The Anatomy of a Ubiquibody
Protein silencing is an important aspect of both therapeutic targeting of aberrant protein activity and scientific investigation of native protein function. Many different techniques for silencing proteins at the DNA or RNA level exist, but new adaptable technologies are needed to effectively silence proteins at the post-translational level, and particularly with post-translational modification resolution. One such technology, developed by the DeLisa laboratory and termed ubiquibodies, hijacks natural cellular mechanisms to silence proteins post-translationally. A synthetic enzyme—the ubiquibody—functions by connecting two independent polypeptide domains, a target recognition domain and a catalytic domain via a flexible linker. This project has focused on mapping the tolerances of the ubiquibody technology. Expanding the range of silenced targets has been a key goal, as well as investigation into each of the three ubiquibody domains: target recognition, catalytic, and the linker between.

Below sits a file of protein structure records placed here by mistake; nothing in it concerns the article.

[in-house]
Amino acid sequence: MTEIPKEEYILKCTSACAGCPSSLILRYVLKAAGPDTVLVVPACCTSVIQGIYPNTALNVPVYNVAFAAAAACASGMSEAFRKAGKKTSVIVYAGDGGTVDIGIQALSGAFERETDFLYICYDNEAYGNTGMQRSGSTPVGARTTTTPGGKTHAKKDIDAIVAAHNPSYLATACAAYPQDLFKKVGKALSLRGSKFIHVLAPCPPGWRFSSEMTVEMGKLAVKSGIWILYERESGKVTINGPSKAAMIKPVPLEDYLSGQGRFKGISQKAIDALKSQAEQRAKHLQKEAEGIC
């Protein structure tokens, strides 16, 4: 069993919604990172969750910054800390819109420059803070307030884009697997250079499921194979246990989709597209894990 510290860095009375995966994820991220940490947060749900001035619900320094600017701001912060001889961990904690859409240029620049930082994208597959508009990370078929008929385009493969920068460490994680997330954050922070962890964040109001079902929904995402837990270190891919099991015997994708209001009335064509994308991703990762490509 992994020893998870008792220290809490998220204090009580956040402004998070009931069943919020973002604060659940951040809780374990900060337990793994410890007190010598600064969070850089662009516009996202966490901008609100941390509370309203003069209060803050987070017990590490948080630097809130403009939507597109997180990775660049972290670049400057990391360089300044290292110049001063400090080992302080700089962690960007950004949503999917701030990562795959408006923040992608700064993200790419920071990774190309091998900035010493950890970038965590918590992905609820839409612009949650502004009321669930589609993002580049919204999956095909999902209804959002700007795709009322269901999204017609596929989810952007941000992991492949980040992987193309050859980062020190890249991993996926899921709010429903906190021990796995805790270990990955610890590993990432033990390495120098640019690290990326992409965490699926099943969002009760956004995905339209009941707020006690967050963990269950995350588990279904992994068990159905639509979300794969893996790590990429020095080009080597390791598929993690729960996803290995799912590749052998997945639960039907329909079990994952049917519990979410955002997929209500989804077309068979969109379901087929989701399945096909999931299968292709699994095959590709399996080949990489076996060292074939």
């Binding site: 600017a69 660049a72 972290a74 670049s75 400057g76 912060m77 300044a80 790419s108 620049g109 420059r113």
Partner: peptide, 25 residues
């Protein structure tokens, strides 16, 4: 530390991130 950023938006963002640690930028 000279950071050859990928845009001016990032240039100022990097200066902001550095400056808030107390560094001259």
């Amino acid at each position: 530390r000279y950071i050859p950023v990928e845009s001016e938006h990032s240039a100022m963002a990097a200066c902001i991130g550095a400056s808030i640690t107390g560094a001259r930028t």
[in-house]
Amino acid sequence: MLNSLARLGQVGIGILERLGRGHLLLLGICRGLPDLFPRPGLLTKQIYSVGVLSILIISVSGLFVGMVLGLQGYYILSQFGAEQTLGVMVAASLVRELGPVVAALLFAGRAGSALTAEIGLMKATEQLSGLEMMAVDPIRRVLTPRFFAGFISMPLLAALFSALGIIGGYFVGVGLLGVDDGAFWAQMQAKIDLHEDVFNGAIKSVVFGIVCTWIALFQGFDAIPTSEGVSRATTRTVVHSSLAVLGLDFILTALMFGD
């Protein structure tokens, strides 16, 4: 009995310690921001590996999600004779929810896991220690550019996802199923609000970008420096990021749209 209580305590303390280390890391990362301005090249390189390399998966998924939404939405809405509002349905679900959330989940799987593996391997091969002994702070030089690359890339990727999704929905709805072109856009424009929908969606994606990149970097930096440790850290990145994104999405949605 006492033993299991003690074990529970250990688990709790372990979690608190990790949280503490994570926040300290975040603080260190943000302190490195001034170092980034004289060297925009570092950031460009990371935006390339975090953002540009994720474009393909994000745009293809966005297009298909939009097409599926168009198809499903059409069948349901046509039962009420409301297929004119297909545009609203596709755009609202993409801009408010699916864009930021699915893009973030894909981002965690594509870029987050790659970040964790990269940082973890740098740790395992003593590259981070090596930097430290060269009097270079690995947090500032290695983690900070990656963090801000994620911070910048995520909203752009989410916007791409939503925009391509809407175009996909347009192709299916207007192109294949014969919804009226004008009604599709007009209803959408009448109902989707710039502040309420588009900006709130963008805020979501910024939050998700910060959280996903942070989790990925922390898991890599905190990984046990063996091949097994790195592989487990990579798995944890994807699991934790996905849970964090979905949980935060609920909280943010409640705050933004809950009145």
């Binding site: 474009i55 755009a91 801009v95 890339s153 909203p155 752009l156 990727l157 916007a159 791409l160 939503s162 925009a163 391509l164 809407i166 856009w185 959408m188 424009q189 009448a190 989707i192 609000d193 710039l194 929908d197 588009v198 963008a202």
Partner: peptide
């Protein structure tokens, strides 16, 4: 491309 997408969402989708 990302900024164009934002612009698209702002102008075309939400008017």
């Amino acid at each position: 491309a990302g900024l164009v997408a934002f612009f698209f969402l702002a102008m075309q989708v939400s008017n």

Cellular biology; E3 ubiquitin ligase; Ubiquitin; Ubiquitination; Protein degradation; Ubiquibody; Proteasome; Biochemistry; Molecular biology
Nicholson, Linda K.; Paszek, Matthew J.; Aye, Yimon
Biochemistry, Molecular and Cell Biology
Ph. D., Biochemistry, Molecular and Cell Biology
Doctor of Philosophy
dissertation or thesis